Jan 16, 2017 - 11:36 AM
The ground lead of the AES Primary AES# 01-18-Snap is not attenuated. It provides a non-resisted path for the ground connection.
Many of these types of diesel injector circuits are both switch to ground and switch to power. There are many ways to connect for testing. To help solve this issue, it would be helpful to have a diagram of the circuit and the desired instrument connection points with a description of the purpose.
Here are some notes based on the wording used in your question:
"...stacking grounds…” implies that the ground connections for each channel will be at the same point in the circuit/system. If this is the case, then isolated channels or not, the channels will be tied together via the ground. On a scope that does not have isolated channels, you only need to make one ground connection to the system and all instrument channels are ready for signal connection/testing.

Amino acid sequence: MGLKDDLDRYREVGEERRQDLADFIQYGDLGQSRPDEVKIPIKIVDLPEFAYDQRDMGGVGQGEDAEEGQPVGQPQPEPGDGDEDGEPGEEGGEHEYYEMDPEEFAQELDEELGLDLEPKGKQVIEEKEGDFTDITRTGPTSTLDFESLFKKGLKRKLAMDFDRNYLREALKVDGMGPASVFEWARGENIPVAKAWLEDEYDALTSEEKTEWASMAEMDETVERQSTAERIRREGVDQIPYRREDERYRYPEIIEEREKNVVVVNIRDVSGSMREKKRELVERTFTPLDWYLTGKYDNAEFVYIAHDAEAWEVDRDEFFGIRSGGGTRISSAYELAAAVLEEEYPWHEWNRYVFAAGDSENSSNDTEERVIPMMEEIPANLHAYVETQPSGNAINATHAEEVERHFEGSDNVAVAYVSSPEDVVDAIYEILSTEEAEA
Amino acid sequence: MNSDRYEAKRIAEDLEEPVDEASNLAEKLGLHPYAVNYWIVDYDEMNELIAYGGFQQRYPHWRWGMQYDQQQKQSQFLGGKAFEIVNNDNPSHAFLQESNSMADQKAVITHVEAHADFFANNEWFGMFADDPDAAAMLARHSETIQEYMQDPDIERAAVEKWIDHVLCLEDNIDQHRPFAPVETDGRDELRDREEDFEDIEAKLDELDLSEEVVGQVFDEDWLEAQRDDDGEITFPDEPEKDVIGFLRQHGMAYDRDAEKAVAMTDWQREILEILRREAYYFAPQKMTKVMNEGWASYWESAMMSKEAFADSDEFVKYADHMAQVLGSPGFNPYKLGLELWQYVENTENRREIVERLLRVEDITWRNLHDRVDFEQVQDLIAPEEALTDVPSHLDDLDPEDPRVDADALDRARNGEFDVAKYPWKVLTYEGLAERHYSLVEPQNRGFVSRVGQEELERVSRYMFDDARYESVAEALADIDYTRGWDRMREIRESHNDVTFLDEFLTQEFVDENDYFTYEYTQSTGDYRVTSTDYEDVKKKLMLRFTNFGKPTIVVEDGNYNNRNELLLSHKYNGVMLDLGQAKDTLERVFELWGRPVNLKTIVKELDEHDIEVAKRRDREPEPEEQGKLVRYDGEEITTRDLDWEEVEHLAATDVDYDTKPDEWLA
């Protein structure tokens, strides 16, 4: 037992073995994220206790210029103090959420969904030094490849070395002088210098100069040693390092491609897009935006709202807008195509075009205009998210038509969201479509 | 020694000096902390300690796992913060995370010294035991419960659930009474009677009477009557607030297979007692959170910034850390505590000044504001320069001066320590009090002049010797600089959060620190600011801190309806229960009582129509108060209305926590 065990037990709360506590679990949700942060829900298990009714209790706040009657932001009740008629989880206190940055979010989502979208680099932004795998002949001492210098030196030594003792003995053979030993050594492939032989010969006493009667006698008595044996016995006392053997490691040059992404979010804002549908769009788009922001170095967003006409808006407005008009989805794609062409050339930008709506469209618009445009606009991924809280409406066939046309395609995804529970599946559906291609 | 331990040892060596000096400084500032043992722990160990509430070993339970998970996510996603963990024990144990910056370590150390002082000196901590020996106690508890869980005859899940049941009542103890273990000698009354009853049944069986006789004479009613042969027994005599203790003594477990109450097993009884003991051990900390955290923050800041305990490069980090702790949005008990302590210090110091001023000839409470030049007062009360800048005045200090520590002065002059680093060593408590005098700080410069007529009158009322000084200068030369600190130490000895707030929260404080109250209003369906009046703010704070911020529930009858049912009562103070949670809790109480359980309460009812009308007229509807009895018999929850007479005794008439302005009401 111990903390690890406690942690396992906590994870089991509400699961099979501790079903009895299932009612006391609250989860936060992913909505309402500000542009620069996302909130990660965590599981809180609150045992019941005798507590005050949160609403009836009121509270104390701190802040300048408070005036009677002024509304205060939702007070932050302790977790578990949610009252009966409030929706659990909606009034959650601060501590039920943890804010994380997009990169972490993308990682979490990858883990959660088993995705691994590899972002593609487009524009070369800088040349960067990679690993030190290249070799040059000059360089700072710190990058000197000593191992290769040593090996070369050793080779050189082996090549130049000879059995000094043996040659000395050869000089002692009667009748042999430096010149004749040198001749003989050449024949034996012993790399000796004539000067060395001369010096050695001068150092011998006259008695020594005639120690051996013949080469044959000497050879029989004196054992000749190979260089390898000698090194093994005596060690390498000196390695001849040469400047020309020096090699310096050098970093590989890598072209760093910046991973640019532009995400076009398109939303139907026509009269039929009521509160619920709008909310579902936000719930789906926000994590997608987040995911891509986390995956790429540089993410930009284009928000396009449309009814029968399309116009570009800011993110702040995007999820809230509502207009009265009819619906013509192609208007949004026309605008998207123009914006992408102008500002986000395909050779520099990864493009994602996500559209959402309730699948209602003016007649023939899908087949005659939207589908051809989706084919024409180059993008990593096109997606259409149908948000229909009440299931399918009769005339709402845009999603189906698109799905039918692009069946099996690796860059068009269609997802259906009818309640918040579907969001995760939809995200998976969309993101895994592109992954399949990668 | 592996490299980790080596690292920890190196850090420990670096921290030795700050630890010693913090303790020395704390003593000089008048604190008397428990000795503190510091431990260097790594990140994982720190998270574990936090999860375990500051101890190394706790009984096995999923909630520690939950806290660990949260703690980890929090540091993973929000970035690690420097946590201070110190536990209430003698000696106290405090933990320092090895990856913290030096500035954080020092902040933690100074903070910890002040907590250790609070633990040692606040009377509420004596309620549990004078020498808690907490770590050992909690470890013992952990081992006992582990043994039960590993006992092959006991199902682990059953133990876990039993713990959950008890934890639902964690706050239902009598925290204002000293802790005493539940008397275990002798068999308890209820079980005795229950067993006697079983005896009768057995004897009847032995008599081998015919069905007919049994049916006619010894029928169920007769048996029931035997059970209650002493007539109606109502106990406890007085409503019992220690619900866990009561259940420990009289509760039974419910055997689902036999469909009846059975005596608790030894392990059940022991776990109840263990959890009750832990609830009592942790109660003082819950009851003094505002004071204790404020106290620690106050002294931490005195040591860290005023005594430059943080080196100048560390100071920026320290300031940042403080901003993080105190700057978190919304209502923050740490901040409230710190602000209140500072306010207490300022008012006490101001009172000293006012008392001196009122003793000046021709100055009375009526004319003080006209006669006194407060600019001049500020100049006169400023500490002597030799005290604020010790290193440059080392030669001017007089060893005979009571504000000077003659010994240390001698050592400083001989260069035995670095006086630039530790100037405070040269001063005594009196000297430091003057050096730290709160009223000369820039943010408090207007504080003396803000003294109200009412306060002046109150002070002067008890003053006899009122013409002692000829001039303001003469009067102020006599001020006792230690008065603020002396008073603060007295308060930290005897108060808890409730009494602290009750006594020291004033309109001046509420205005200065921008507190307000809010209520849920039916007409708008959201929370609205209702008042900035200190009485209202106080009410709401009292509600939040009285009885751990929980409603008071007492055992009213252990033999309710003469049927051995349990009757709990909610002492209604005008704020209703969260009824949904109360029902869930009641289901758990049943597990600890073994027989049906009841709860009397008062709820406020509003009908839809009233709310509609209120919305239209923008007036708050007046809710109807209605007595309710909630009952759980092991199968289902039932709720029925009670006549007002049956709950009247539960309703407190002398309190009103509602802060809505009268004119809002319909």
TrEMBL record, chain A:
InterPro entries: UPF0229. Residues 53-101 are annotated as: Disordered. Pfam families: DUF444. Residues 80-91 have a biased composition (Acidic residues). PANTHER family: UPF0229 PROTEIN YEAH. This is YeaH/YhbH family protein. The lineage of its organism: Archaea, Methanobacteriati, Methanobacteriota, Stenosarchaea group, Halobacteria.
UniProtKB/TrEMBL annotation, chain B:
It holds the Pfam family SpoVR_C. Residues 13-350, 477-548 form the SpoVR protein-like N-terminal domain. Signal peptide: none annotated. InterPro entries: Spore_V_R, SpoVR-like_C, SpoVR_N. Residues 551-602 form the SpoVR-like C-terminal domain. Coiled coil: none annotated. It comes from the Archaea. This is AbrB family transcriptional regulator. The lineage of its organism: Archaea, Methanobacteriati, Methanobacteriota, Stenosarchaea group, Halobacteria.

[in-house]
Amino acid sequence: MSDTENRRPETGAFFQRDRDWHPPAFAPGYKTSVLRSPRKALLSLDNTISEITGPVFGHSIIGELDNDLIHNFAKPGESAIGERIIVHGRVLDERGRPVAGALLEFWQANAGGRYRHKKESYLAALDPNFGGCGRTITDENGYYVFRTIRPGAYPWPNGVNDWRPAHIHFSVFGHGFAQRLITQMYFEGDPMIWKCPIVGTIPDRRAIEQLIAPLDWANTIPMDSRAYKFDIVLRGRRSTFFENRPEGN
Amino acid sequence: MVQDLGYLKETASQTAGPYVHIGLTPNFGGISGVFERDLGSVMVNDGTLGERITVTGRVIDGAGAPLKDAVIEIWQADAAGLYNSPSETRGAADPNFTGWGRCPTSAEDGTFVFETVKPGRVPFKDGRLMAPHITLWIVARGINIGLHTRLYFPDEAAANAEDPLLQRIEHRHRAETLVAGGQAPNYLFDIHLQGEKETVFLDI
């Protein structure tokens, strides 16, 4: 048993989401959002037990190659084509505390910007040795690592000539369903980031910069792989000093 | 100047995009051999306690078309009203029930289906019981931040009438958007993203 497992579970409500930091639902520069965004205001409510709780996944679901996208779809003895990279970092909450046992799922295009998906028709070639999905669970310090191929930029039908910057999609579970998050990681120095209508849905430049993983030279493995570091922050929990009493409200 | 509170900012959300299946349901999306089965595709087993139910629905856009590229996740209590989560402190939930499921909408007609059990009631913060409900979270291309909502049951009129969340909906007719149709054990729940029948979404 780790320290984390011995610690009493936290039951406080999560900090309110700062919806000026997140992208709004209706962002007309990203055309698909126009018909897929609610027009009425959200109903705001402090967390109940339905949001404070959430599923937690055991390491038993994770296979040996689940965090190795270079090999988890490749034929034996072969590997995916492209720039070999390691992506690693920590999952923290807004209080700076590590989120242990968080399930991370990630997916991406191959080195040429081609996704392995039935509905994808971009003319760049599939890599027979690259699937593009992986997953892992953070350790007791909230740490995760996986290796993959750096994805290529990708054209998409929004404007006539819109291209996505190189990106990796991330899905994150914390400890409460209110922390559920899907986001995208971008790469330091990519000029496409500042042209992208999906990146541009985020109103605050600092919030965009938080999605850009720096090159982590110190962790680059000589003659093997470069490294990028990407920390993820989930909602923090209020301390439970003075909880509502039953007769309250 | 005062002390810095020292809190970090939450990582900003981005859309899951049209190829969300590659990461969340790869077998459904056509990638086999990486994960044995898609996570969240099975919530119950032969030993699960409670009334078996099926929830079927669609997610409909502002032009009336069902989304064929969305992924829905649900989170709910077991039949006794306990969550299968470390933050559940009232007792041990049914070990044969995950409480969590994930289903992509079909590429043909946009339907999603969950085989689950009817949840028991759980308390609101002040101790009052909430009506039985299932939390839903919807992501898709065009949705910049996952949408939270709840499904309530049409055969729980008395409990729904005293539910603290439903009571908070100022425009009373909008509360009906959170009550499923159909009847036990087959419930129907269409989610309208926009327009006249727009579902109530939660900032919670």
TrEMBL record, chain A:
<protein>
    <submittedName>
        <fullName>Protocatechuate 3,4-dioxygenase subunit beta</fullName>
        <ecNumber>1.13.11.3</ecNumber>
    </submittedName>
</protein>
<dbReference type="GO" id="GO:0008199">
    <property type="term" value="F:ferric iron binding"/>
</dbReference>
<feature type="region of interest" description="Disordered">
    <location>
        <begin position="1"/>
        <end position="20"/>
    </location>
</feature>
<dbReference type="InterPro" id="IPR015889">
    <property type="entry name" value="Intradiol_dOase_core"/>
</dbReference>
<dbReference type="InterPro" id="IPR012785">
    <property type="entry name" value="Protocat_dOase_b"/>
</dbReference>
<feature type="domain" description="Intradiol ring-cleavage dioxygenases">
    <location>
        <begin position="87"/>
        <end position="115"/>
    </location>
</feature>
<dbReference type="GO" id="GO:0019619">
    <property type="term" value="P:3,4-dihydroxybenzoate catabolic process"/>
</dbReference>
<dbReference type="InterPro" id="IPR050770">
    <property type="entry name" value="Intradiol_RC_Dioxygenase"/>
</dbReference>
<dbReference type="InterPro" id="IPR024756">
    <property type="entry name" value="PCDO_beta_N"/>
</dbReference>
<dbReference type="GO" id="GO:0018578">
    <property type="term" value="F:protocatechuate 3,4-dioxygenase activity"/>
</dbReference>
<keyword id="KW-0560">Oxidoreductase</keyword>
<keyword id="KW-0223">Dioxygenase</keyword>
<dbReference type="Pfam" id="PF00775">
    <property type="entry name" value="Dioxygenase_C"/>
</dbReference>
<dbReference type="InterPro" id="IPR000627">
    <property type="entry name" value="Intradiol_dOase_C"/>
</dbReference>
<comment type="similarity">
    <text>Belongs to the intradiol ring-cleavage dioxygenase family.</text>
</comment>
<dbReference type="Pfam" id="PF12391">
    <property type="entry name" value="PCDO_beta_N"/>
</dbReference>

An option:Some diesel injectors can have some pretty wild and complex voltage waveforms. Consider using a low amp probe to analyze how much energy is passing through the circuit and how the energy is being used. A current waveform will be very concise.
Jan 18, 2017 - 03:18 PM
If using a common channel ground oscilloscope, I imagine the following should give you the info you are looking for:
Put a scope on a good chassis, engine, or battery ground.
Put channel 1 on the wire between the ground switch and the injector and do the same for channel 2 on the pump valve.
If the signal is not giving you what you want, move to the wire that goes between the load and the switch to power.
Keep in mind that both circuits have a common ground.
They might not have a common power since one circuit might be 80 volts for example and the other not.
Hope this helps.Jorge